“Sorry Miss, you can’t shop here” – My Problem with High Street Shopping
Have you ever been shopping and start looking at clothes in the petite or maternity section without realising you’re in that section, and then being super embarrassed because you’re clearly not petite and definitely not pregnant? Well I have, like every damn time.
And I don’t get embarrassed easily anymore, due to my constant clumsiness and the accidently-walking-into-doorframes or tripping-over-my-own-feet-in-public disease.
Unfortunately, my cheeks flare a shade of red that matches my Lady Danger MAC lipstick and my feet pick up speed to quickly escape the petite section, before anyone sees and thinks that I am possibly blind and missing my guide dog. However, recently I feel like that walking into whole shops, not just browsing a small petite section.I feel like the whole brand of the shop is just staring at me, a size 16/18+ girl who clearly won’t fit into any of their clothes, and judging me as if they’re watching me on Jeremy Kyle and questioning the amount of brain cells I have. All because they don’t cater to my size. And let’s face it, I know it to be true. None of their clothes will end up fitting me properly if I see anything I like, I just like to try my luck ‘cos ya never know.
If I can’t face the queue for the fitting rooms or am not wearing the correct outfit to easily change in and out of, I have acquired a bad habit. A habit that means I buy the clothes from the shop without checking they fit until I get home, and then finding out they’re too tight or my chest is wanting to awkwardly explode out before telling myself “I’ll keep it in my wardrobe and it’ll be my motivation to one day fit in it”. Of course, I never do lose weight to fit into it and instead end up passing it off to my friends (who have no issues when shopping for their size, super jeli) or to the charity shop.
I have now given up on shopping trips for the purpose of actually doing some purchasing, and instead now go more for inspiration; because I know that I won’t be able to buy anything that fits. So I go into shops, collect ideas and create mental mood boards before heading home and hitting the online shops until my hearts content.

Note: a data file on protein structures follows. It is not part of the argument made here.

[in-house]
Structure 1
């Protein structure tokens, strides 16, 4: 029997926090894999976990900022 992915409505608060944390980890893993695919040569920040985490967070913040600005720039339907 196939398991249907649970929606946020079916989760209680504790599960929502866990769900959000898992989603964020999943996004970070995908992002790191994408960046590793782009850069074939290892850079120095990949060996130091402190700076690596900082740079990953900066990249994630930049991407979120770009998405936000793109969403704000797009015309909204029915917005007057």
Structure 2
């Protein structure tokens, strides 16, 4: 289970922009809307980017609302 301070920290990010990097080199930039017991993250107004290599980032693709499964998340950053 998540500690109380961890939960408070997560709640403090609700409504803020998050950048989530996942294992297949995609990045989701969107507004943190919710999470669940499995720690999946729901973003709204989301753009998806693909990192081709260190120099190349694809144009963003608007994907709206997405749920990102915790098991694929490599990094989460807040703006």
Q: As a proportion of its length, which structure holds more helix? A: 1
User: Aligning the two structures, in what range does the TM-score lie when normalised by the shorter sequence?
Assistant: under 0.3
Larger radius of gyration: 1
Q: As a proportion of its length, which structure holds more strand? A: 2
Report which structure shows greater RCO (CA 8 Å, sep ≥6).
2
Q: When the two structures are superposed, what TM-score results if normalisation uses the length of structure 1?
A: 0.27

ASOS is my absolute fav virtual destination, and now at least 70% of my wardrobe has been beamed down from the angels at ASOS. “Liv I love you shoes where are they from?” “ASOS”, “Liv those earrings are so cool” “Oh thanks yeah I got them from ASOS”. And major FYI, unlimited next day delivery for £9.95 a year is more than worth it, I must have saved way over a Ton along with countless hours waiting for parcels! ASOS unlimited isn’t the reason I am obsessed with them, although it is a contributing factor, it’s the wide selection of ranges and sizes. I can go online and definitely find my size in whatever it is I may be looking for or have accidentally fallen in love with. Even if my size is out of stock, I know that they would have catered for me anyway.
ASOS are waaay ahead of many other brands in my opinion; they do have a curve range (which is think is better named than ‘plus size’) but their main clothes range always includes sizes 16 and 18. Which for me is a bit of a hallelujah! Whereas brands such as Topshop don’t or very rarely stock above a size 14 in stores and have only just started introducing size 18 online; they only stock sizes 4-18 plus the usual petite/maternity/tall ranges. To me, this makes Topshop an inclusive brand that forget about the rest of the women size 16 and up, and is that really fair?
But why am I being punished for being normal? The average size in the UK is a size 16 and that’s me! Yet like thousands of other women, I feel like I can’t go to a shopping centre and walk out with my hands full of shiny new clothes in shiny shopping bags. All because the shops don’t stock clothes in a big enough size. I don’t know about you, but I find myself finding endless size 8’s and size 10’s but I can never find a size 16 or 18, let alone what it would be like if I needed any size above that.